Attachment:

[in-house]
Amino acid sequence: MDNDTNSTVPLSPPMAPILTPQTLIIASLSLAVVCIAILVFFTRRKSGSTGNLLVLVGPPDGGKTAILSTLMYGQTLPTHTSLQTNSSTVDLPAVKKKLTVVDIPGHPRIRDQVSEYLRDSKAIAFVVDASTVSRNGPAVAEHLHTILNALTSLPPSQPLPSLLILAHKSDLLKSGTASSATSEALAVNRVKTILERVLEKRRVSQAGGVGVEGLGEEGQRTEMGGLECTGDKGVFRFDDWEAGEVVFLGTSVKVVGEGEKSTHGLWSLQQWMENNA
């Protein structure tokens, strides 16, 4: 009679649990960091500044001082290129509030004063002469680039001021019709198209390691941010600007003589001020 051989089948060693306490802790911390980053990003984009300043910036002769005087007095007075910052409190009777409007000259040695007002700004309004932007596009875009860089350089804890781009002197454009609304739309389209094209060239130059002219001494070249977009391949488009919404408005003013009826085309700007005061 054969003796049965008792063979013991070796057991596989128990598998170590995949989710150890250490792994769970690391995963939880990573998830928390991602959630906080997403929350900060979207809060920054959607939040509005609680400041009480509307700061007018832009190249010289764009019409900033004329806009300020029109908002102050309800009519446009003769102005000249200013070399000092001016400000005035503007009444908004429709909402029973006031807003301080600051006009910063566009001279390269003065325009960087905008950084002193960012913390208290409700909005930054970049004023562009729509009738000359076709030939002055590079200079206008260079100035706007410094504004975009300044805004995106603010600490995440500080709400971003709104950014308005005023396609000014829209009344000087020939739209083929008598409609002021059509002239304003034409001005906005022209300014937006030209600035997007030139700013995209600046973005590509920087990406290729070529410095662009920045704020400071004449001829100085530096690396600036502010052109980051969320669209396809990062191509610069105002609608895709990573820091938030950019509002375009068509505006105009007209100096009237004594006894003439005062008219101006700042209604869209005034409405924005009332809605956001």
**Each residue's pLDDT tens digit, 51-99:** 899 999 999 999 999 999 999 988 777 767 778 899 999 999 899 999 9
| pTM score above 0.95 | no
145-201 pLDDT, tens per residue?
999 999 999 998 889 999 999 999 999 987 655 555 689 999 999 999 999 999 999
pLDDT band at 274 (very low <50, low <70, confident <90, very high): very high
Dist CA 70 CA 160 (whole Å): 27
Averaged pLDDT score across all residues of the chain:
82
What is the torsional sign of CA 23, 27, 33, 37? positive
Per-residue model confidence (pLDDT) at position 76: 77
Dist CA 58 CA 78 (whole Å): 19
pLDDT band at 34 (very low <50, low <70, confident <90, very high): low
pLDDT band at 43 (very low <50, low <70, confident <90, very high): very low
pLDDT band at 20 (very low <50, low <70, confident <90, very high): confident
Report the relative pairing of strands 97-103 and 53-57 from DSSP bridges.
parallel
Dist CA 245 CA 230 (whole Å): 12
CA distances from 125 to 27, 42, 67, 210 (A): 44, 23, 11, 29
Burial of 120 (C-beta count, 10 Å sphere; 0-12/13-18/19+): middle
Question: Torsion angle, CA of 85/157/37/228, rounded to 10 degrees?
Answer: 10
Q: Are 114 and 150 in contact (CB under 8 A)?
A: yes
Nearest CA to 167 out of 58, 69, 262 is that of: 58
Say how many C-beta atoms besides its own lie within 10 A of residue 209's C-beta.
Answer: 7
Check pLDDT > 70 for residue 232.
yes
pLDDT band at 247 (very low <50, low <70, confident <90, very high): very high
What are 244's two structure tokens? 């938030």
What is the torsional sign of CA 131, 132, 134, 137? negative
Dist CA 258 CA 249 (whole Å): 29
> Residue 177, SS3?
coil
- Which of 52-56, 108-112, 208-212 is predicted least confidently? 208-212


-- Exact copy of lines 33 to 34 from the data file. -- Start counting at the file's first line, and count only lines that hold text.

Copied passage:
What are 244's two structure tokens? 């938030």
What is the torsional sign of CA 131, 132, 134, 137? negative